Last week, the Army announced that it had signed a $21.9 billion deal with Microsoft (MSFT) to give 120,000 augmented-reality headsets over the next decade. Investors have reacted with enthusiasm, pushing Microsoft stock higher by over 7% since.

But what is the truth behind this deal?

The numbers

The contract is estimated to be around $21.9 billion and might see Microsoft provide the government with over 120,000 headsets using its HoloLens 2 technology. The deal is for a time of five years with the option for renewal for another five. This means that some part of the $21.9 billion revenue might not be totally secured, but if Microsoft keeps its part of the deal, it is unlikely the Army will back out and be forced to go through another vendor negotiation.

So what is HoloLens 2? It’s Microsoft’s augmented reality headset built for companies. The base headset costs $3,500 with premium headsets going near $5,000. If the deal is for 120,000 headsets, that would mean the Army is paying $182,500 for each one. That is a shocking price bump, but the HoloLens 2 will only be a part of what the military is requesting — they also want an Integrated Visual Augmentation System. The company will also be building these systems to be more rugged and adding a lot of other custom technology and software on top of the standard models, such as night-vision and thermal vision.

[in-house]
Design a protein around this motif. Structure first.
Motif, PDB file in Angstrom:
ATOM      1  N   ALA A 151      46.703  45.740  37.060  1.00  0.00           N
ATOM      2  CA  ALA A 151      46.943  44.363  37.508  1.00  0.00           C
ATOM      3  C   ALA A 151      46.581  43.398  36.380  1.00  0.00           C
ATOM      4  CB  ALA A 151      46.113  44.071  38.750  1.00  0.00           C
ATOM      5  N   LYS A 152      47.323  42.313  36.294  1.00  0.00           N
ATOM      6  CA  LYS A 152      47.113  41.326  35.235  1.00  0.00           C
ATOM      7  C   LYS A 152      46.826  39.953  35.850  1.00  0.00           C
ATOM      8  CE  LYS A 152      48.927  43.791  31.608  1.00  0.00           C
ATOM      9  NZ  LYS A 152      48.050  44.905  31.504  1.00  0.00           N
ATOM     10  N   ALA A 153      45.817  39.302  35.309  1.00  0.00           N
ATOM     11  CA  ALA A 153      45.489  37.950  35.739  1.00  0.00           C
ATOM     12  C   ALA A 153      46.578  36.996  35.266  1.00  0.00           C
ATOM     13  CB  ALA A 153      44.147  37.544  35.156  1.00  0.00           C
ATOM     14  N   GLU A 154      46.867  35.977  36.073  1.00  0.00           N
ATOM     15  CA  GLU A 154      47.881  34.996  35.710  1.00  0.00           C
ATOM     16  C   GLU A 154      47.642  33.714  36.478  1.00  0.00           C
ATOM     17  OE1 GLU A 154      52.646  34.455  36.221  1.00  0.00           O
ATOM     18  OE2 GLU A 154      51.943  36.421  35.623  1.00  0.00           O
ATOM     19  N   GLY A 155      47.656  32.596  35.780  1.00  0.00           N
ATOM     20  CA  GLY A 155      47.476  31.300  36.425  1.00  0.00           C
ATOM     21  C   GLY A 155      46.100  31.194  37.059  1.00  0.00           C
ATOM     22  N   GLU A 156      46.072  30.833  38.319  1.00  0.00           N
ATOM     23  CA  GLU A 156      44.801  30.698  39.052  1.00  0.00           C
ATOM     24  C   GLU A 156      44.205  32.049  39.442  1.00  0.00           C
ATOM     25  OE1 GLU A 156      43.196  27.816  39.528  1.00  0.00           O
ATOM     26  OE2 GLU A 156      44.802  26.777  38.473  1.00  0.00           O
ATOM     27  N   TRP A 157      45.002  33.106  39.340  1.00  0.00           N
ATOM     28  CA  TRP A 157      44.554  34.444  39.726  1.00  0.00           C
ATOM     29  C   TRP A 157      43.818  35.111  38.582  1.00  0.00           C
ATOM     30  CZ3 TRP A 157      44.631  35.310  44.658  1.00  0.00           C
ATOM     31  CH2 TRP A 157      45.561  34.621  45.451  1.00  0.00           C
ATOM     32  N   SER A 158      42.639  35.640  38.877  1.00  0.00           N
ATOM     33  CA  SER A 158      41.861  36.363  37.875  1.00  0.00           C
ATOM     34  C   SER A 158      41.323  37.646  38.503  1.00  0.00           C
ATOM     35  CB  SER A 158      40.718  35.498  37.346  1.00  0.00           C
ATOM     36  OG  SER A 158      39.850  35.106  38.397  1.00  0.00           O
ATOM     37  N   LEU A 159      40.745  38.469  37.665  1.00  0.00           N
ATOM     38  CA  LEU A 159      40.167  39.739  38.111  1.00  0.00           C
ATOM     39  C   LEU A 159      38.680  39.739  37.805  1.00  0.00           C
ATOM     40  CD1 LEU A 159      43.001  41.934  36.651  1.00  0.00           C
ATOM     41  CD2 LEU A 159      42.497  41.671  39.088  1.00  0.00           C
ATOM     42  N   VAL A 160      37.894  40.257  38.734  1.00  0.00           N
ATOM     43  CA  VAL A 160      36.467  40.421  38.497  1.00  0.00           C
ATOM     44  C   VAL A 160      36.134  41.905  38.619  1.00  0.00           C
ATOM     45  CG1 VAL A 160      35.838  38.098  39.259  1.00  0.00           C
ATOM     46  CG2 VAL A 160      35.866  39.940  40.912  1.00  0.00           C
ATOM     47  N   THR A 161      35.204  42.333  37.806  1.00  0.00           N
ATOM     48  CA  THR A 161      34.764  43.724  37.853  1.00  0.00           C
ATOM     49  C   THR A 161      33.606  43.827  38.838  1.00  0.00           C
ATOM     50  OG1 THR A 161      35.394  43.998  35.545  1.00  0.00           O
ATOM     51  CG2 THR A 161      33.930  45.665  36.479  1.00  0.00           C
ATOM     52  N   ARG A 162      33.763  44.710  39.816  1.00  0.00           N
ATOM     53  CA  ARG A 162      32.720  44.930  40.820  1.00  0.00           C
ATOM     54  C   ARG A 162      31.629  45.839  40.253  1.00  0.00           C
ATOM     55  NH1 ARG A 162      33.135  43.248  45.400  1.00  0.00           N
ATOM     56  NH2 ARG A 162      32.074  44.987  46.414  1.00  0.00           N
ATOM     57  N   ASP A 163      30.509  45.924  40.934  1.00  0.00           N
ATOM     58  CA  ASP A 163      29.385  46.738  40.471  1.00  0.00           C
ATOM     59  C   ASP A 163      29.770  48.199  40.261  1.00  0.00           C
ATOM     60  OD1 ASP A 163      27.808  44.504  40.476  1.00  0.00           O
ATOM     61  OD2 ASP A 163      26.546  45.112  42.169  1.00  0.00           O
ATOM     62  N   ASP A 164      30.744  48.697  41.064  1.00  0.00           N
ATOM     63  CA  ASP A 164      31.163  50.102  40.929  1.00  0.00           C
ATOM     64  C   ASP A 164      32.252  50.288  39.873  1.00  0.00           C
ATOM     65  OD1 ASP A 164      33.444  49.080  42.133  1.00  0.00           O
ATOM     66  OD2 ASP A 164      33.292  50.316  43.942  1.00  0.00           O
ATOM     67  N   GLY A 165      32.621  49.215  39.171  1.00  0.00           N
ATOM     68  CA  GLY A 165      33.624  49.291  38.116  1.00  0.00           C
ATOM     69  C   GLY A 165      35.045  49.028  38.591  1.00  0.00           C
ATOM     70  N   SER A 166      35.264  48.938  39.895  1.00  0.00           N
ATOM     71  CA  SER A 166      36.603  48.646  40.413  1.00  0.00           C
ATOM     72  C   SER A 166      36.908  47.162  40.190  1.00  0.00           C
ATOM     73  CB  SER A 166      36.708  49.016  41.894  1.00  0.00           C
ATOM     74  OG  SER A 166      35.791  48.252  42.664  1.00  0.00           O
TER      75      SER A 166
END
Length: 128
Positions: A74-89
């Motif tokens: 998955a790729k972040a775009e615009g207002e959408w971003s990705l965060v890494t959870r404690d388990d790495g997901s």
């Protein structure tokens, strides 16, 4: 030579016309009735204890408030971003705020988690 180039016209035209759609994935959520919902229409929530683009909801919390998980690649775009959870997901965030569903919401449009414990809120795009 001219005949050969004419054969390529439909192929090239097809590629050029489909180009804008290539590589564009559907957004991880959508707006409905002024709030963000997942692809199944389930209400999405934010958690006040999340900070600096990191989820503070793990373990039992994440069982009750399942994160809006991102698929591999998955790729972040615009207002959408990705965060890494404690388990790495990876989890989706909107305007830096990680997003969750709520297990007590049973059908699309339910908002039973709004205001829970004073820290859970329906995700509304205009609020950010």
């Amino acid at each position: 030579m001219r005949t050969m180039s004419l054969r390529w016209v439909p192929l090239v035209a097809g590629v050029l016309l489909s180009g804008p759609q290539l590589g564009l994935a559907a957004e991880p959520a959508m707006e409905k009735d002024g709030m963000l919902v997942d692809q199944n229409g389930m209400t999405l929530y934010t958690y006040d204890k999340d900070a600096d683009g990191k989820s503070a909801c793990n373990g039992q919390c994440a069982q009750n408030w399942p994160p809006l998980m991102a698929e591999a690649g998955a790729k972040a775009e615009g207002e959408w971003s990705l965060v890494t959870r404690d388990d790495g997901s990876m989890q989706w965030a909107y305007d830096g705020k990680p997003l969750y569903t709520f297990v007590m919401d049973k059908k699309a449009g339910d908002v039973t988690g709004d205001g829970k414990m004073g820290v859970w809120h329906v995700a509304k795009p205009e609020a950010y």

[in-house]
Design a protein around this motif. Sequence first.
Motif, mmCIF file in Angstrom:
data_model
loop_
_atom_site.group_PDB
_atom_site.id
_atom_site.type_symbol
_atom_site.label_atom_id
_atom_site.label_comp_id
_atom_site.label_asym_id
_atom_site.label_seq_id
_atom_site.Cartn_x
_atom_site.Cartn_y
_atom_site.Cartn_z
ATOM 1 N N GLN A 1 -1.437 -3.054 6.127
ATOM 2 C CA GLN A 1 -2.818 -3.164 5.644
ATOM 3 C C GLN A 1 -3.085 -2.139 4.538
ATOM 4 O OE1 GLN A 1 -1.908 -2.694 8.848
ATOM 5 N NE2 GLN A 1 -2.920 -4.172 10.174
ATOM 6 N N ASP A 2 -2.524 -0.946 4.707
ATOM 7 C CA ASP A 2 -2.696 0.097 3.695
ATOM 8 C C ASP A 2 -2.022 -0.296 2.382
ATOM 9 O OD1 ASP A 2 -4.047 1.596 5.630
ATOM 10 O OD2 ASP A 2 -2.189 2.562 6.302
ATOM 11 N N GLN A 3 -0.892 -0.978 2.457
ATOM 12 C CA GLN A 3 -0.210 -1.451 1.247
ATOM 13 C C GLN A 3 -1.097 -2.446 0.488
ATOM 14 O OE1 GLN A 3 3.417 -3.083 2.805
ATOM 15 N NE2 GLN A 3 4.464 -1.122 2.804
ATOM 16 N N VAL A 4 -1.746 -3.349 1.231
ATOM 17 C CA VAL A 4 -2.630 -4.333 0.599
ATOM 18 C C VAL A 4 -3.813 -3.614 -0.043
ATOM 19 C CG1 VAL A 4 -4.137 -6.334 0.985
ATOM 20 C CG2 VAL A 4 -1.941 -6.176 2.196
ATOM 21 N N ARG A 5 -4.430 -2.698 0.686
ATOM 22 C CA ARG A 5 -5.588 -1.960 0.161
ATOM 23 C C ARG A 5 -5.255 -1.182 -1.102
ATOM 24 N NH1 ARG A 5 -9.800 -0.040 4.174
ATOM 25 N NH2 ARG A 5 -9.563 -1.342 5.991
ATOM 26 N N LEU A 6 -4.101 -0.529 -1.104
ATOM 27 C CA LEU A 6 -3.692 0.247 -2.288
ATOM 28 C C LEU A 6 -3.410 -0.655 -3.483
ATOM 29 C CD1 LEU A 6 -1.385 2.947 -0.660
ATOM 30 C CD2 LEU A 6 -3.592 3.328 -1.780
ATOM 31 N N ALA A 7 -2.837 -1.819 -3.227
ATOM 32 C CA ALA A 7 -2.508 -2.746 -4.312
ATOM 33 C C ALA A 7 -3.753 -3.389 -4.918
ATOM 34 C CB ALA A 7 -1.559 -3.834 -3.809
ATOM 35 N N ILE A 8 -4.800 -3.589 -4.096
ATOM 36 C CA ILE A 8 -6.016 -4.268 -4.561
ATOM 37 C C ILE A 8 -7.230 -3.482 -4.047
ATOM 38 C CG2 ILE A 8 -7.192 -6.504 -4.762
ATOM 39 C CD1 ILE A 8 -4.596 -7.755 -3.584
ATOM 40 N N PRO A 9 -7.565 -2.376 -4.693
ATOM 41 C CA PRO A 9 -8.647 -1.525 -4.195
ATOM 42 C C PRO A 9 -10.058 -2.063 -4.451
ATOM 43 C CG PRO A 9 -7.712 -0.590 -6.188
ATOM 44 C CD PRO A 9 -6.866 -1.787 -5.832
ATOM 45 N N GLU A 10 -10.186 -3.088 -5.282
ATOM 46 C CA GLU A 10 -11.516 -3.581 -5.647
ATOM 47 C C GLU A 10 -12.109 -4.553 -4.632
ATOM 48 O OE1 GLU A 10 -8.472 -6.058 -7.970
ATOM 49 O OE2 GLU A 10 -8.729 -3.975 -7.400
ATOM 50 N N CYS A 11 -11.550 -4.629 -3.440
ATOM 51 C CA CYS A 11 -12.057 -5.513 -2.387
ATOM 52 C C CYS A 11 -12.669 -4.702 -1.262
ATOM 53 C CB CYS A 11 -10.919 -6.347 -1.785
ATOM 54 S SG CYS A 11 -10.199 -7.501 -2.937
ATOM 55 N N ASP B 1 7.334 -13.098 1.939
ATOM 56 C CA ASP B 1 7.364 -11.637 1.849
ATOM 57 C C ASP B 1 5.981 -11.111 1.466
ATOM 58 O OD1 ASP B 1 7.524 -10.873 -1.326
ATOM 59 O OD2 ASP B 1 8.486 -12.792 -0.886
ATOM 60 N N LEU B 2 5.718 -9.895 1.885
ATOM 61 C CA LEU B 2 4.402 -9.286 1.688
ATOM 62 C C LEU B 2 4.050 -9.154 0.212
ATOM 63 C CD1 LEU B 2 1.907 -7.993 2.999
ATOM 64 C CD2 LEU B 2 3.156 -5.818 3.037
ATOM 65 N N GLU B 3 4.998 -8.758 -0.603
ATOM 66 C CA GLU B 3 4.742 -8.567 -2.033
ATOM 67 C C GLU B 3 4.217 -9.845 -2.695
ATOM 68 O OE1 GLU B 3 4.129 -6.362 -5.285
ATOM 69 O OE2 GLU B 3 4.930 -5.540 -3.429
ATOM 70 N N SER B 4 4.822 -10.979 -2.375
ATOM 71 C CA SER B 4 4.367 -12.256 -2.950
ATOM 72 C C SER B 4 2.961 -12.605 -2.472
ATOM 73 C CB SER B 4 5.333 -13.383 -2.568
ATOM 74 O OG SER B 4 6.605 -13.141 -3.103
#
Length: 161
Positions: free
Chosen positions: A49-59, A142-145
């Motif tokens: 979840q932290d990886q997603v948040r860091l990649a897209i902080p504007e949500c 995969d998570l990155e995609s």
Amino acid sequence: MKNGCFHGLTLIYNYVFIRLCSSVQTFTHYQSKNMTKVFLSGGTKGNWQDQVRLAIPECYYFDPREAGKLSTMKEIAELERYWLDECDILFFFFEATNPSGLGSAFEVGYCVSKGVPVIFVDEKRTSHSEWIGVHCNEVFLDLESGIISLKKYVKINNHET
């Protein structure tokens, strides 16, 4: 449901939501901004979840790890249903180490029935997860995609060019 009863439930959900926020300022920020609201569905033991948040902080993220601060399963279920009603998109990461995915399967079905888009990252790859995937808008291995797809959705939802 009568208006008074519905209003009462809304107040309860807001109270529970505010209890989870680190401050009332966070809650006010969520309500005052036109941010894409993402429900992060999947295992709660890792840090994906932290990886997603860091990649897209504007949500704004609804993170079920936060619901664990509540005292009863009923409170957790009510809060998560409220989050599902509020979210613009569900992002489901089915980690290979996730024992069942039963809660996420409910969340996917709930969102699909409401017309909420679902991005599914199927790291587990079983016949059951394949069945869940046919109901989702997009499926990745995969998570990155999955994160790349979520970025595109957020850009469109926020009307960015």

Government contracts are complicated

This isn’t Microsoft’s first agreement with the DOD. In late 2019, the company was given the $10 billion JEDI contract to give cloud services to the DOD, a huge defeat of rivals Google and Amazon. However, that contract is being kept in court as Amazon sues to challenge the award, accusing Trump of influencing the choice based on a bias against the e-commerce giant and its founder, Jeff Bezos.

Whatever the end result of the JEDI lawsuit, Microsoft has a foundation and the possibility to bring cloud services to the government while also combining those services with thousands of AR headsets. Plus, if Microsoft lives up to the expectations, it might have a leg up when new contracts come up.

While this $22 billion agreement would be a large sum for most other companies, the deal won’t change things for Microsoft. The company produced $153 billion in the previous year, so another $22 billion spread over the next ten years won’t exactly be game-changing.

However, this contract could be a crucial stepping stone and overall, investors should be pleased with this DOD deal and the momentum it might bring for Microsoft’s future revenue. Even with the company’s shares reaching all-time highs and the company’s market cap at an incredible $1.9 trillion, there’s no reason to sell Microsoft stock soon.

Author: Steven Sinclaire

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